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Life in the Orange Prison

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Life in the Orange Prison I never really liked that eerie-looking building that always stood towering over me. Its orange walls and antique framework did not give me an comfortable feeling, although my imagination of a 5 year old told me that it did try to present a fa�ade of spurious geniality with those wide welcoming staircases leading to the front door and the colourful flowers skirting the yard. My inner self sent a shiver down the spine as I reluctantly followed my parents through Hell's gates. I sincerely believed that the building, which was to be my school for the next six years, was not much better than an internment camp. So, on the first day of school, I was directed to my cell. The classroom was filled with a group of children of my size sitting on a circular carpet. The sight was peculiar - the collection of boys and girls from all over the world gathered in a room no bigger than my flat back in Hong Kong. It was like a tossed salad, with potatoes from Japan, cabbage from Australia, lettuce from Canada, tomatoes from Europe, and now there's me - rice from China. I sat on the floor among the other fidgety bodies. In front of us sat a tall woman with blond hair and a pointy nose. She pointed at a board with apples and numbers on it and asked a question, which I identified because of the raised pitch towards the end of the phrase. ...read more.


Once a week we would have dictation of the chapter we learned the previous class. The teacher would simply read out a paragraph while we tried to write down each word perfectly. To put it bluntly, we were to learn the chapter verbatim. As pointless as it may sound, it was not an easy thing for me to do. In fact, it was painful. Absolutely flesh pinching. Each night before the dictation, I'd be sitting at my crowded desk with a lamp shining precisely over my head, and staring at the jumble of words. Sitting there, I would circle all the words that I didn't know how to write, and copy it over and over again until I could trace the word with my eyes closed. It was a tedious task for me because the chapter usually ended up with circles around every other word, if not every word. Worse yet, my mom would be sitting right next to me. With each mistake I made, either forgetting a simply word or missing a dot on the line, she would scorn at me. Of course, with that kind of chaperoning, I only became more frustrated and angry - both at myself for being dumb, and my mom for being impatient. Now, looking back I don't blame her; it took me over one hour to learn one single paragraph. ...read more.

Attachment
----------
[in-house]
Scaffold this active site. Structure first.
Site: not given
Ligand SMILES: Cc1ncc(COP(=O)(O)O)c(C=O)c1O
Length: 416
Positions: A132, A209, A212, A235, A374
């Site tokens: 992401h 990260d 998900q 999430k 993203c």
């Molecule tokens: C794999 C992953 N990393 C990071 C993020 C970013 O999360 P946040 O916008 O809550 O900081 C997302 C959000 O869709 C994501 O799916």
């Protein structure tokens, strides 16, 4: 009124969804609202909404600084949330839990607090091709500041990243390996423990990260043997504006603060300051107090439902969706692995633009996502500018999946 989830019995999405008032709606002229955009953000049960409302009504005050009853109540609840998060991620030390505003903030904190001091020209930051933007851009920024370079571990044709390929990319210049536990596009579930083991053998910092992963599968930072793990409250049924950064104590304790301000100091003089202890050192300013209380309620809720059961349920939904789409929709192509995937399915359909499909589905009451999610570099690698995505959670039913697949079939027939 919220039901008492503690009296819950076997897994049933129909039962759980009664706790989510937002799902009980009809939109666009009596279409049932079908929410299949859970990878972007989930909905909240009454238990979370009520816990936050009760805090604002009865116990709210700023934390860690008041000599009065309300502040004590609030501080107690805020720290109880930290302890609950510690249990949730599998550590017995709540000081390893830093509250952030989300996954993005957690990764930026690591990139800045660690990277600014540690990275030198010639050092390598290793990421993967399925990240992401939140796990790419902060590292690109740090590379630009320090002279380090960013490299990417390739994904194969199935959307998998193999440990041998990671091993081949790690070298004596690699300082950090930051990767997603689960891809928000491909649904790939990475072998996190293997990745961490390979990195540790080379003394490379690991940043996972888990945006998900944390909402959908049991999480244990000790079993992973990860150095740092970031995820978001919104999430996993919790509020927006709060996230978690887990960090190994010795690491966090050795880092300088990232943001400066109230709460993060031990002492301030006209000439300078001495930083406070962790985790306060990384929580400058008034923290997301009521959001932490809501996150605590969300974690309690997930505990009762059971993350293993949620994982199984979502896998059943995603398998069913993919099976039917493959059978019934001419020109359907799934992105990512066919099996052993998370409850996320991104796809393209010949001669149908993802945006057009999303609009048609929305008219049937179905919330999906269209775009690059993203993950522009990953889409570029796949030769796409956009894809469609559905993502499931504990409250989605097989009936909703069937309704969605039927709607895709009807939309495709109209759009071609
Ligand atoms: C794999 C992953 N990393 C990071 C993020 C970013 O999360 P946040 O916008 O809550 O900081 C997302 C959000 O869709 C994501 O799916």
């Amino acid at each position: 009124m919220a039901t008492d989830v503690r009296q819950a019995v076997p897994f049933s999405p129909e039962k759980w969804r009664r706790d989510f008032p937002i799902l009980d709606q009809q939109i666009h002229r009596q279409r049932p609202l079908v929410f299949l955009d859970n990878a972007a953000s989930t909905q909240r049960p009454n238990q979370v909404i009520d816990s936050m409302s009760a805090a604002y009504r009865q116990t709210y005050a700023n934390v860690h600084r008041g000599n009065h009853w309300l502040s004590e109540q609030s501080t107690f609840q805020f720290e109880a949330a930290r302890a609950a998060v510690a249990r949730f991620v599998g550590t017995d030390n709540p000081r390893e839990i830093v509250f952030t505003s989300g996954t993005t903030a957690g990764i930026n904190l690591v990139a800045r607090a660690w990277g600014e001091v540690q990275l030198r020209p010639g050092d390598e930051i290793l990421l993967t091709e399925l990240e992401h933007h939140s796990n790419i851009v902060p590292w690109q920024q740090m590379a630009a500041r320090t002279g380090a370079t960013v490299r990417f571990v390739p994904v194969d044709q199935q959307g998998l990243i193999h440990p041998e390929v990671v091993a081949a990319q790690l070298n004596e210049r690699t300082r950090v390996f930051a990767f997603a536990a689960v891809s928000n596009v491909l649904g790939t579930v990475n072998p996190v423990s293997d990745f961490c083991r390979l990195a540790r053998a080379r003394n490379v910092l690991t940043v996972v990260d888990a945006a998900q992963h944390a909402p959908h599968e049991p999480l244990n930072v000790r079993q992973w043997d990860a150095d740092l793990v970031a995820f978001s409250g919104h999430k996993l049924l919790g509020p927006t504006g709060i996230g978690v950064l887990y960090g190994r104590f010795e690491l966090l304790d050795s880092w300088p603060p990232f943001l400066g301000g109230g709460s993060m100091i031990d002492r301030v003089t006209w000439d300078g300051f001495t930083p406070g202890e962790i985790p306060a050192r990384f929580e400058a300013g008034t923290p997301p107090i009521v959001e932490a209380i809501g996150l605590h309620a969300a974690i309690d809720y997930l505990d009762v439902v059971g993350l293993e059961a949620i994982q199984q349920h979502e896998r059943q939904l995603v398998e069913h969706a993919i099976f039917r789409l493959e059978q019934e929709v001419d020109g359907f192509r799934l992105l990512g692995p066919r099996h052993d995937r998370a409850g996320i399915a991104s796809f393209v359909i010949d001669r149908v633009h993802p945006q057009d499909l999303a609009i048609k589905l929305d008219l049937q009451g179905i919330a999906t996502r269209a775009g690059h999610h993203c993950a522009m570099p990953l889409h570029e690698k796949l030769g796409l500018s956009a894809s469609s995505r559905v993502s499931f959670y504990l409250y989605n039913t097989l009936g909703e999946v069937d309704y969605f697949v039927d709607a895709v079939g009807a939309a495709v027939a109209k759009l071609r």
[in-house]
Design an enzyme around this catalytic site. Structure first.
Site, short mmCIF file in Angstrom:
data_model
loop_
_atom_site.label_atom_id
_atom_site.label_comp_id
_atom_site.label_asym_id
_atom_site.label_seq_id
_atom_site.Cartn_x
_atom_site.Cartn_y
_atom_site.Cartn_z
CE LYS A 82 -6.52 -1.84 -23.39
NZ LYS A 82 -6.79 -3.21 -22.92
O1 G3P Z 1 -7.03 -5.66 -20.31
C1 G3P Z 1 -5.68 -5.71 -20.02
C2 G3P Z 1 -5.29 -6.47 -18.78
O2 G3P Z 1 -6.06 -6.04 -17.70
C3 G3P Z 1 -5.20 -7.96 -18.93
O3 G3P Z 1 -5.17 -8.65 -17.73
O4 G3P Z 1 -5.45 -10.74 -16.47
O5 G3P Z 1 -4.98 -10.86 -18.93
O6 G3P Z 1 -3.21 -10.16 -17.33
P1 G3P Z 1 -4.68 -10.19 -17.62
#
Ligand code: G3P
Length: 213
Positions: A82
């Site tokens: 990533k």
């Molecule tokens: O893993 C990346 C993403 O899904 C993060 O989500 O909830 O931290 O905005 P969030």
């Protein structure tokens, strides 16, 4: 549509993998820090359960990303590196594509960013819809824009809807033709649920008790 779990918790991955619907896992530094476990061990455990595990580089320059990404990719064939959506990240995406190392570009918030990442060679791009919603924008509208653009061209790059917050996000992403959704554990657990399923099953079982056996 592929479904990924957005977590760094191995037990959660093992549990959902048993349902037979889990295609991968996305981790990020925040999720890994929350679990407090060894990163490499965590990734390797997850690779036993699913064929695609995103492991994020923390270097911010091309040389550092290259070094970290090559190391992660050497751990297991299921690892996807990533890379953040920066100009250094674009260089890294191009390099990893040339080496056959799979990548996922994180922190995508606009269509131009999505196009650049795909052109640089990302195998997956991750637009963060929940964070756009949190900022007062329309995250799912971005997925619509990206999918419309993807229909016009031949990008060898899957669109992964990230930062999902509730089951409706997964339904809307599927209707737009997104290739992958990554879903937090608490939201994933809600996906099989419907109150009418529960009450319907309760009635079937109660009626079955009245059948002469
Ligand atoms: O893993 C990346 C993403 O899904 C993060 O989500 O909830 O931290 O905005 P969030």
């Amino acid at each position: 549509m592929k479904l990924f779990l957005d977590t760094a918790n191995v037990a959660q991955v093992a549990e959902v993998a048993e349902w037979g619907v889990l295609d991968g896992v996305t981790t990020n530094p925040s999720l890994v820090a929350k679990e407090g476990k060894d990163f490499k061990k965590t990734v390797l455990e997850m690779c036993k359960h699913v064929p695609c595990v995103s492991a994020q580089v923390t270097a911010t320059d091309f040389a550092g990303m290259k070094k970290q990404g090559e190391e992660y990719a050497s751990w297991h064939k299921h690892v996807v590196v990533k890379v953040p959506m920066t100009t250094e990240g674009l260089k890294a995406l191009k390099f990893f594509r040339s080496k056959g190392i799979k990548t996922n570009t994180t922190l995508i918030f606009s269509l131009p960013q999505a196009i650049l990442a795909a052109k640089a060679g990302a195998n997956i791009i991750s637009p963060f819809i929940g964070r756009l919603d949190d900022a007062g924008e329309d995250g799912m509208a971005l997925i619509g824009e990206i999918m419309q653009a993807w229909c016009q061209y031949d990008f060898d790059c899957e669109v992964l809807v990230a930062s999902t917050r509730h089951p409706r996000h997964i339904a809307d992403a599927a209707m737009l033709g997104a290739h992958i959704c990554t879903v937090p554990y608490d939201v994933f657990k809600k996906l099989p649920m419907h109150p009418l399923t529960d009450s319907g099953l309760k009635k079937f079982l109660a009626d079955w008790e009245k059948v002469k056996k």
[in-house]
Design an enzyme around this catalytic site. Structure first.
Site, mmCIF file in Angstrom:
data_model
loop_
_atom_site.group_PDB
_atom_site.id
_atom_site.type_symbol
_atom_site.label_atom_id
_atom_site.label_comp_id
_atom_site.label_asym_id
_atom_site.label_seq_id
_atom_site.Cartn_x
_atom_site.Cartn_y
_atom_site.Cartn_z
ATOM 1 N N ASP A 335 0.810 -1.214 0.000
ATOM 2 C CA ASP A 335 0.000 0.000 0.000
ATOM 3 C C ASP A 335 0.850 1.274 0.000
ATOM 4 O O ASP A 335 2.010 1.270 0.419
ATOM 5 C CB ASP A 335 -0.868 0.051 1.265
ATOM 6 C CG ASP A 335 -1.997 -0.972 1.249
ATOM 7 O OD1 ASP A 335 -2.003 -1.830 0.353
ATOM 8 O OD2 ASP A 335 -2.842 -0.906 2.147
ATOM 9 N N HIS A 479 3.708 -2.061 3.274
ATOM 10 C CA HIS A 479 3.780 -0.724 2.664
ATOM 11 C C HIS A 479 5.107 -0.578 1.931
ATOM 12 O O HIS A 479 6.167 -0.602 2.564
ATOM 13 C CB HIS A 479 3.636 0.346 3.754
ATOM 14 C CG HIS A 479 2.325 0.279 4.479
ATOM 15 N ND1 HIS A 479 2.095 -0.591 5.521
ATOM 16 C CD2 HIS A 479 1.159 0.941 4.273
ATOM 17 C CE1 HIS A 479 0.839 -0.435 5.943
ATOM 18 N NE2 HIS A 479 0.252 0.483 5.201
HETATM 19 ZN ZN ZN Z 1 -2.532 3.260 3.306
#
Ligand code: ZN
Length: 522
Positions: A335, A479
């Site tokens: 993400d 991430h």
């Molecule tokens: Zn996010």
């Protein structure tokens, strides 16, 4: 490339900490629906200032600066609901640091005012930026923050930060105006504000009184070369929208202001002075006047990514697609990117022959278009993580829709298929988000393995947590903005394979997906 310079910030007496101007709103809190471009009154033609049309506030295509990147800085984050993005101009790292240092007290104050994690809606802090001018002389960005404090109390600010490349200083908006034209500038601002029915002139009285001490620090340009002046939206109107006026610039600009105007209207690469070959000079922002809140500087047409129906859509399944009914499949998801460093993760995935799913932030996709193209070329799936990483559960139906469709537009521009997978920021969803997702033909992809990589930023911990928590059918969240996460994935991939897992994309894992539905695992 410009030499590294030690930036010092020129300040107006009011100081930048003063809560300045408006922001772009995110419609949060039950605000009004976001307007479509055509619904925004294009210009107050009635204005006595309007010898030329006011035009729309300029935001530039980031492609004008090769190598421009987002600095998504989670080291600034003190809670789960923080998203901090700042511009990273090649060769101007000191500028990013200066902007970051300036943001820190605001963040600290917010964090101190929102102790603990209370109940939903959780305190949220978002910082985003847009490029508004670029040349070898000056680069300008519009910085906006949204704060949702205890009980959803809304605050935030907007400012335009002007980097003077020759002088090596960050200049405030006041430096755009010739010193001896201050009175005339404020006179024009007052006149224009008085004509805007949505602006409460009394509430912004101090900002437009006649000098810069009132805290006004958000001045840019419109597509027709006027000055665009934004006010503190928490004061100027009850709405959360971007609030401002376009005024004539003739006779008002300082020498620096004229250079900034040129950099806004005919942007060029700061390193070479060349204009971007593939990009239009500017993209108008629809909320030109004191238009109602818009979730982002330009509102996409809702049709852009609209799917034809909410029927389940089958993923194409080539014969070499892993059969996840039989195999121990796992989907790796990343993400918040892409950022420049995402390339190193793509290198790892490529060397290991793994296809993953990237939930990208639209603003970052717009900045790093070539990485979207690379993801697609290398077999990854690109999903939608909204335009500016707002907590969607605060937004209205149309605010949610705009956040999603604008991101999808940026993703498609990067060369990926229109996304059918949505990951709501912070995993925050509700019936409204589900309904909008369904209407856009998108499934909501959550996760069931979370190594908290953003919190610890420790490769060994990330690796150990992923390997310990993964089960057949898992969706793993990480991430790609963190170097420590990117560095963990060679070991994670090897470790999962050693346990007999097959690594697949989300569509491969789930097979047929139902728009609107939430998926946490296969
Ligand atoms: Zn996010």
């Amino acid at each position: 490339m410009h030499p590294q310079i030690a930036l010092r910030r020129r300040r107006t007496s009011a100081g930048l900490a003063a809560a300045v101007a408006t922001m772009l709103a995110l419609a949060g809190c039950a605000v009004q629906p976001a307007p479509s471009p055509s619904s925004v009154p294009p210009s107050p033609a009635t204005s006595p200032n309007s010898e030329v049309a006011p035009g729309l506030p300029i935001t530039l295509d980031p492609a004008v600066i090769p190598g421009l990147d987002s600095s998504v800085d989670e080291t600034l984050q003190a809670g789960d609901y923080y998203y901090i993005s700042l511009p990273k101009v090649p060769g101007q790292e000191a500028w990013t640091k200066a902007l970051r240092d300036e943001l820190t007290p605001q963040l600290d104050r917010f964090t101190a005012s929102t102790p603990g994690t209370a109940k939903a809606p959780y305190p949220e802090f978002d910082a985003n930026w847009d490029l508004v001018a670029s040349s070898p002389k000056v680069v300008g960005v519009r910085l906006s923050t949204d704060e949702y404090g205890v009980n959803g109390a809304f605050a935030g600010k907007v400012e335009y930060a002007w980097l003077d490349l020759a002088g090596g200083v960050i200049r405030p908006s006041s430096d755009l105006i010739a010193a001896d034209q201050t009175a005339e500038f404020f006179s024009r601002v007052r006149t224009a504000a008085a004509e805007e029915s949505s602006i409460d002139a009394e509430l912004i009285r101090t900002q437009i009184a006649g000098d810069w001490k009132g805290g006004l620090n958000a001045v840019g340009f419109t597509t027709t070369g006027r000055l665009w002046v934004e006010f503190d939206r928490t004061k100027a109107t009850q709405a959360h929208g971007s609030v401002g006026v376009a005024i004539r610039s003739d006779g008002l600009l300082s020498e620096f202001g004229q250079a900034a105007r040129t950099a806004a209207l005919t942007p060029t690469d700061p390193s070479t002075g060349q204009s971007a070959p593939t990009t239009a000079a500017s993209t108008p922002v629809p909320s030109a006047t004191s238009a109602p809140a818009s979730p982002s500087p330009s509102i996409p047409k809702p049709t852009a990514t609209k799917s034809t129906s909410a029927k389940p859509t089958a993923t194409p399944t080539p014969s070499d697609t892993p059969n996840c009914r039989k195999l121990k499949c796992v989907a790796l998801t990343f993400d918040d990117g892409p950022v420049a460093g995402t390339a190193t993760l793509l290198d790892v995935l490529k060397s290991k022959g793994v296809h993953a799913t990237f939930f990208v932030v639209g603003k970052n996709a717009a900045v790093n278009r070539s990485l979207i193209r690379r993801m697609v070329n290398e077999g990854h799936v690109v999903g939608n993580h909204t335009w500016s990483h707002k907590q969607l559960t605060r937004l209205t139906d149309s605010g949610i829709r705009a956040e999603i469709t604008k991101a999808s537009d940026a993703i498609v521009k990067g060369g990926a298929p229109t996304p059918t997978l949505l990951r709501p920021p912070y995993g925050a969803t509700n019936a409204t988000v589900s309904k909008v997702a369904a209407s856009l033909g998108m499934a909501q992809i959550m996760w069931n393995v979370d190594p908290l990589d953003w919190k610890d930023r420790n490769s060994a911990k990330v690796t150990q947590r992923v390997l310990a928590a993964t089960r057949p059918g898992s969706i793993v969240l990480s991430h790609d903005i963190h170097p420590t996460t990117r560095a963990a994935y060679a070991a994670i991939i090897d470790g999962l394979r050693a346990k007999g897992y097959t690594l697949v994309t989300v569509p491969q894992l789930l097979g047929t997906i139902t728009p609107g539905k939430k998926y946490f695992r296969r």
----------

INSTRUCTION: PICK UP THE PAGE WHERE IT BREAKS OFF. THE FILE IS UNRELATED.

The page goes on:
I was indebted to her. As life in that confinement became easier, an unsettling sense of guilt started to stir inside me. Once every year, the Chinese school principle would organize a dinner party at the school cafeteria. There were lots of fun at those parties; there was a magician pulling ribbons from hat, gift exchanges between anonymous people, long tables of homemade spaghetti, chicken wings, sausages, cookies, and pudding. However, no matter how hard I tried, I could never fully enjoy myself at the party. Throughout the party I would be worrying about the closing speech that the principle would make. I was tormented by the fear that he might expose my cheating to my fellow classmates and most importantly, to my mom. A part of me really anticipated this humiliation or devastation. Each time the principle spoke my stomach flinched as a natural reflex, but of course, not once did he mention my name or the notion of cheating on tests. Call me gullible, na�ve or whatever you want, but that instinctive feeling of being exposed really haunted me. At the end of the six years spent in Van Horne Elementary School, now head overlooking other heads, voice overcoming other voices, I once again stepped through the gates of Hell. Only this time, I stepped into the blinding sunlight and the honking of cars. I no longer felt the building towering over me. ...read more.

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